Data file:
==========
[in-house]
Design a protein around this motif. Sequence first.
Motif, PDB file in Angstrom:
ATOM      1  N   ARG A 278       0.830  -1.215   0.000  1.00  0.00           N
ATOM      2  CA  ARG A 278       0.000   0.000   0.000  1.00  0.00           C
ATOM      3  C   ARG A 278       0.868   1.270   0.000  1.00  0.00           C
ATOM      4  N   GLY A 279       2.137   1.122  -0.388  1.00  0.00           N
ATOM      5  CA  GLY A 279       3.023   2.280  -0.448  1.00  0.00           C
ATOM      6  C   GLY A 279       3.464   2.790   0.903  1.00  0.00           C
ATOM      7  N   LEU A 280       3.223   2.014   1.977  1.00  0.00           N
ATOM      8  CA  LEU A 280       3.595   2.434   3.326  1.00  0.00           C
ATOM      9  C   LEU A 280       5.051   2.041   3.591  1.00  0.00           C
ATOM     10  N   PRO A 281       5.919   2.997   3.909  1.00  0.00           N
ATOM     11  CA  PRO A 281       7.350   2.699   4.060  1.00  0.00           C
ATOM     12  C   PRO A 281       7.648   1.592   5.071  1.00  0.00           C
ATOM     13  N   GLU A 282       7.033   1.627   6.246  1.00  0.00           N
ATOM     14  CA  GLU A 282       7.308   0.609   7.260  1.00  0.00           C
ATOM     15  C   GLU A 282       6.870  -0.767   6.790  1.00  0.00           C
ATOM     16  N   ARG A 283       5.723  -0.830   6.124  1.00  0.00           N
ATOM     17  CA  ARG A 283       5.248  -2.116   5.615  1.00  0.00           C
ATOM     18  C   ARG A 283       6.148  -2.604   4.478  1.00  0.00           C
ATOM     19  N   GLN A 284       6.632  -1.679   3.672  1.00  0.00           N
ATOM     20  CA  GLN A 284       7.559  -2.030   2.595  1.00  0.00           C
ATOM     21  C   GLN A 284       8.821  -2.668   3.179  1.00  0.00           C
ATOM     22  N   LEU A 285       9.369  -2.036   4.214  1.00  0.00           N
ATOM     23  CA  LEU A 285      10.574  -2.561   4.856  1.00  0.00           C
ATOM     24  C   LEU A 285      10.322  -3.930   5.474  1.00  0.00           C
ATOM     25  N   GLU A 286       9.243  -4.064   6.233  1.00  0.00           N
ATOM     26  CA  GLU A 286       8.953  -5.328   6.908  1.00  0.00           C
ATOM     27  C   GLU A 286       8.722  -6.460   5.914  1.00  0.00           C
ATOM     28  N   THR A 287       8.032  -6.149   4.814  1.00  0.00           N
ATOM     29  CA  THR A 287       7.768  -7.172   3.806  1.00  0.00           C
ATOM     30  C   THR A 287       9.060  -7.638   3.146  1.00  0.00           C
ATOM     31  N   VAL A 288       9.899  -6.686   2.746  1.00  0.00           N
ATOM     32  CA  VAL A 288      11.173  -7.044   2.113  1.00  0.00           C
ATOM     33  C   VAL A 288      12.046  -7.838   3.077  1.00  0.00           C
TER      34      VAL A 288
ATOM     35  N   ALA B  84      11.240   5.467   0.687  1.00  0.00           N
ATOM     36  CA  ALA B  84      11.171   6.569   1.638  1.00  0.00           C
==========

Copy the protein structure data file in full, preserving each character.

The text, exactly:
[in-house]
Design a protein around this motif. Sequence first.
Motif, PDB file in Angstrom:
ATOM      1  N   ARG A 278       0.830  -1.215   0.000  1.00  0.00           N
ATOM      2  CA  ARG A 278       0.000   0.000   0.000  1.00  0.00           C
ATOM      3  C   ARG A 278       0.868   1.270   0.000  1.00  0.00           C
ATOM      4  N   GLY A 279       2.137   1.122  -0.388  1.00  0.00           N
ATOM      5  CA  GLY A 279       3.023   2.280  -0.448  1.00  0.00           C
ATOM      6  C   GLY A 279       3.464   2.790   0.903  1.00  0.00           C
ATOM      7  N   LEU A 280       3.223   2.014   1.977  1.00  0.00           N
ATOM      8  CA  LEU A 280       3.595   2.434   3.326  1.00  0.00           C
ATOM      9  C   LEU A 280       5.051   2.041   3.591  1.00  0.00           C
ATOM     10  N   PRO A 281       5.919   2.997   3.909  1.00  0.00           N
ATOM     11  CA  PRO A 281       7.350   2.699   4.060  1.00  0.00           C
ATOM     12  C   PRO A 281       7.648   1.592   5.071  1.00  0.00           C
ATOM     13  N   GLU A 282       7.033   1.627   6.246  1.00  0.00           N
ATOM     14  CA  GLU A 282       7.308   0.609   7.260  1.00  0.00           C
ATOM     15  C   GLU A 282       6.870  -0.767   6.790  1.00  0.00           C
ATOM     16  N   ARG A 283       5.723  -0.830   6.124  1.00  0.00           N
ATOM     17  CA  ARG A 283       5.248  -2.116   5.615  1.00  0.00           C
ATOM     18  C   ARG A 283       6.148  -2.604   4.478  1.00  0.00           C
ATOM     19  N   GLN A 284       6.632  -1.679   3.672  1.00  0.00           N
ATOM     20  CA  GLN A 284       7.559  -2.030   2.595  1.00  0.00           C
ATOM     21  C   GLN A 284       8.821  -2.668   3.179  1.00  0.00           C
ATOM     22  N   LEU A 285       9.369  -2.036   4.214  1.00  0.00           N
ATOM     23  CA  LEU A 285      10.574  -2.561   4.856  1.00  0.00           C
ATOM     24  C   LEU A 285      10.322  -3.930   5.474  1.00  0.00           C
ATOM     25  N   GLU A 286       9.243  -4.064   6.233  1.00  0.00           N
ATOM     26  CA  GLU A 286       8.953  -5.328   6.908  1.00  0.00           C
ATOM     27  C   GLU A 286       8.722  -6.460   5.914  1.00  0.00           C
ATOM     28  N   THR A 287       8.032  -6.149   4.814  1.00  0.00           N
ATOM     29  CA  THR A 287       7.768  -7.172   3.806  1.00  0.00           C
ATOM     30  C   THR A 287       9.060  -7.638   3.146  1.00  0.00           C
ATOM     31  N   VAL A 288       9.899  -6.686   2.746  1.00  0.00           N
ATOM     32  CA  VAL A 288      11.173  -7.044   2.113  1.00  0.00           C
ATOM     33  C   VAL A 288      12.046  -7.838   3.077  1.00  0.00           C
TER      34      VAL A 288
ATOM     35  N   ALA B  84      11.240   5.467   0.687  1.00  0.00           N
ATOM     36  CA  ALA B  84      11.171   6.569   1.638  1.00  0.00           C